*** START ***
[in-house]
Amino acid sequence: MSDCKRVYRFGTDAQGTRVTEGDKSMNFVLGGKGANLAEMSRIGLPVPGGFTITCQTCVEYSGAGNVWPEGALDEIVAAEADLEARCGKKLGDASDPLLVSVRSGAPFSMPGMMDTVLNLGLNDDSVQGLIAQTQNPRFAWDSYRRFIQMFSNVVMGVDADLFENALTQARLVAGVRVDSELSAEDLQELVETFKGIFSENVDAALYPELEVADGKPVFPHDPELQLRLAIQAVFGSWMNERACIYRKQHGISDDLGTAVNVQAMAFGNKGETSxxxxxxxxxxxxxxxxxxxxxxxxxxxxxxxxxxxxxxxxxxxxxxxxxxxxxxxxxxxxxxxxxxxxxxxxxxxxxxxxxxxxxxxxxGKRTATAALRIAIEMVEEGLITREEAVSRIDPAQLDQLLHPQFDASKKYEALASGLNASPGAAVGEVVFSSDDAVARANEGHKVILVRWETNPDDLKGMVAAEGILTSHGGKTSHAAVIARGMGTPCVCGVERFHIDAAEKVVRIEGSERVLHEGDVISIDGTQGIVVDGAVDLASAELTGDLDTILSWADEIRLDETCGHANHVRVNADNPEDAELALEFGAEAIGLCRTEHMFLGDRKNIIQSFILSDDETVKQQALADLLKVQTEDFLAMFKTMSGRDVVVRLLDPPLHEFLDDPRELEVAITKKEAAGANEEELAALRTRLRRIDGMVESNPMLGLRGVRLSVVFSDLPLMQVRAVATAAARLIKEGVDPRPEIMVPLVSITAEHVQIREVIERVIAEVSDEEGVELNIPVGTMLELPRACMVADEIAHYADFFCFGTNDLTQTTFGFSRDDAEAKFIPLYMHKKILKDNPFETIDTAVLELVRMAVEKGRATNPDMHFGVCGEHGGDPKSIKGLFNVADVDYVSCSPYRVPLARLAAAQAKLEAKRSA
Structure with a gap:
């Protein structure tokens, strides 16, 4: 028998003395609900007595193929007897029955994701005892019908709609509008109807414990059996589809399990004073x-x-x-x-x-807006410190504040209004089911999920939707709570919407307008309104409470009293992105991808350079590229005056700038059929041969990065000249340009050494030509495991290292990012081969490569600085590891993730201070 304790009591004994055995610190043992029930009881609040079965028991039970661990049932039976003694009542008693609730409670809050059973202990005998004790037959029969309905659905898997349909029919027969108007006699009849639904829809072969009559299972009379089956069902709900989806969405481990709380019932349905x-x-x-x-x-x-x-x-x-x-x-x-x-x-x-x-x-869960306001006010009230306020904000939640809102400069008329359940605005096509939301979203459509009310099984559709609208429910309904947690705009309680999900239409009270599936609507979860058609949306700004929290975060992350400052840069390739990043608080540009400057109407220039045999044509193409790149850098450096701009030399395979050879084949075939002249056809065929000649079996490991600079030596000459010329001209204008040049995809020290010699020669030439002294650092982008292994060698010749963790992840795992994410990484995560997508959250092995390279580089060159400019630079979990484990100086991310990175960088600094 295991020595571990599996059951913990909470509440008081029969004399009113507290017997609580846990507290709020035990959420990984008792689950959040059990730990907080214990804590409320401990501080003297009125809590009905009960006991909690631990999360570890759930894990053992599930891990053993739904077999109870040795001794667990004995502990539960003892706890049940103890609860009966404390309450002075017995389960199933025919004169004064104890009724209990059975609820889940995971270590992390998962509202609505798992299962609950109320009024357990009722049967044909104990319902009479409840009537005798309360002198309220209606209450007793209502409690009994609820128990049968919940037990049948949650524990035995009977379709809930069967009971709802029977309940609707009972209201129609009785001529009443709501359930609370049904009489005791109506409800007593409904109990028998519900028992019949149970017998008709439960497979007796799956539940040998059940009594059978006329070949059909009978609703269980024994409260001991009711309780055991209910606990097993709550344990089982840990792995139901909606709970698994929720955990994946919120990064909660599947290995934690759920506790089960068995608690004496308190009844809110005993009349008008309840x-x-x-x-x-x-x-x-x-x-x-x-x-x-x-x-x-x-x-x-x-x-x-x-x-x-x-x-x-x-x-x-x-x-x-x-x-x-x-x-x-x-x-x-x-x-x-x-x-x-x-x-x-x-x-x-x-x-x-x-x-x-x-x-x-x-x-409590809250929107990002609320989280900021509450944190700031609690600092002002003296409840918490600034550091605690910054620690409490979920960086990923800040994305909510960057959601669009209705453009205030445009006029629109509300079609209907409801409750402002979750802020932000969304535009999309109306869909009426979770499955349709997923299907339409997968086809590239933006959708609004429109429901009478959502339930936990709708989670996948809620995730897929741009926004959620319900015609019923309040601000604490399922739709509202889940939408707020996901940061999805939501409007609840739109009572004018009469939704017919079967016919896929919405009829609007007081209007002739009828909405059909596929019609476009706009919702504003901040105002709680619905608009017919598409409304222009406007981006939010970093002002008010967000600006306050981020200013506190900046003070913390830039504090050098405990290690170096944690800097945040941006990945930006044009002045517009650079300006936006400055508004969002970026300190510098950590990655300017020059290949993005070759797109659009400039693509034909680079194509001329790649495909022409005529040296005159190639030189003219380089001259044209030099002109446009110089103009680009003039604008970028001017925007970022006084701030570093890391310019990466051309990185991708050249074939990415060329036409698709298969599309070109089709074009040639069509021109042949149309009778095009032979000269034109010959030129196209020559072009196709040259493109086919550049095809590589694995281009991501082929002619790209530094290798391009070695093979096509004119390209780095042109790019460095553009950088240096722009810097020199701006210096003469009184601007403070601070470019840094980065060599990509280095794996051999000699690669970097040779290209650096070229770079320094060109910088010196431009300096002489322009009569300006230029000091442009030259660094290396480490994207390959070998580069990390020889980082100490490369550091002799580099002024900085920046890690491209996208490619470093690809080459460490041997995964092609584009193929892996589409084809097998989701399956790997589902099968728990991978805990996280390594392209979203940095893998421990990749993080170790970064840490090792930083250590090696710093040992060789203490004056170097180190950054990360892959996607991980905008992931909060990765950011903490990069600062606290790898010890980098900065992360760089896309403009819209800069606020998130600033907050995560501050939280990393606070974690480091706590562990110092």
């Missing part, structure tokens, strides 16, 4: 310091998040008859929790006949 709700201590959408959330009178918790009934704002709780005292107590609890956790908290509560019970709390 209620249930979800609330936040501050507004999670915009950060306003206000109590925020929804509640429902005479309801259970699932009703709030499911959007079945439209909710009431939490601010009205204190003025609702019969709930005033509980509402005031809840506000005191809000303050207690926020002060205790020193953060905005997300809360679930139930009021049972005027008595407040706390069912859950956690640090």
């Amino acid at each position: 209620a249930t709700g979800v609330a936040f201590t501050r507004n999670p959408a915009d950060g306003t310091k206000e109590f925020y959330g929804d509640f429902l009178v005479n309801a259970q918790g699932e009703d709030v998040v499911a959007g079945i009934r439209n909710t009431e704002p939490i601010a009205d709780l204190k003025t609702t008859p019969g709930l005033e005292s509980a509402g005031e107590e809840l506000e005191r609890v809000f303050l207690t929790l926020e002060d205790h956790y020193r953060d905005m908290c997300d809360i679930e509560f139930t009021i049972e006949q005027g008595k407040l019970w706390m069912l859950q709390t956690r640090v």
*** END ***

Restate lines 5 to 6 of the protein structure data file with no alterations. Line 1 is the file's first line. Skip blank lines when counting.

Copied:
């Missing part, structure tokens, strides 16, 4: 310091998040008859929790006949 709700201590959408959330009178918790009934704002709780005292107590609890956790908290509560019970709390 209620249930979800609330936040501050507004999670915009950060306003206000109590925020929804509640429902005479309801259970699932009703709030499911959007079945439209909710009431939490601010009205204190003025609702019969709930005033509980509402005031809840506000005191809000303050207690926020002060205790020193953060905005997300809360679930139930009021049972005027008595407040706390069912859950956690640090």
């Amino acid at each position: 209620a249930t709700g979800v609330a936040f201590t501050r507004n999670p959408a915009d950060g306003t310091k206000e109590f925020y959330g929804d509640f429902l009178v005479n309801a259970q918790g699932e009703d709030v998040v499911a959007g079945i009934r439209n909710t009431e704002p939490i601010a009205d709780l204190k003025t609702t008859p019969g709930l005033e005292s509980a509402g005031e107590e809840l506000e005191r609890v809000f303050l207690t929790l926020e002060d205790h956790y020193r953060d905005m908290c997300d809360i679930e509560f139930t009021i049972e006949q005027g008595k407040l019970w706390m069912l859950q709390t956690r640090v």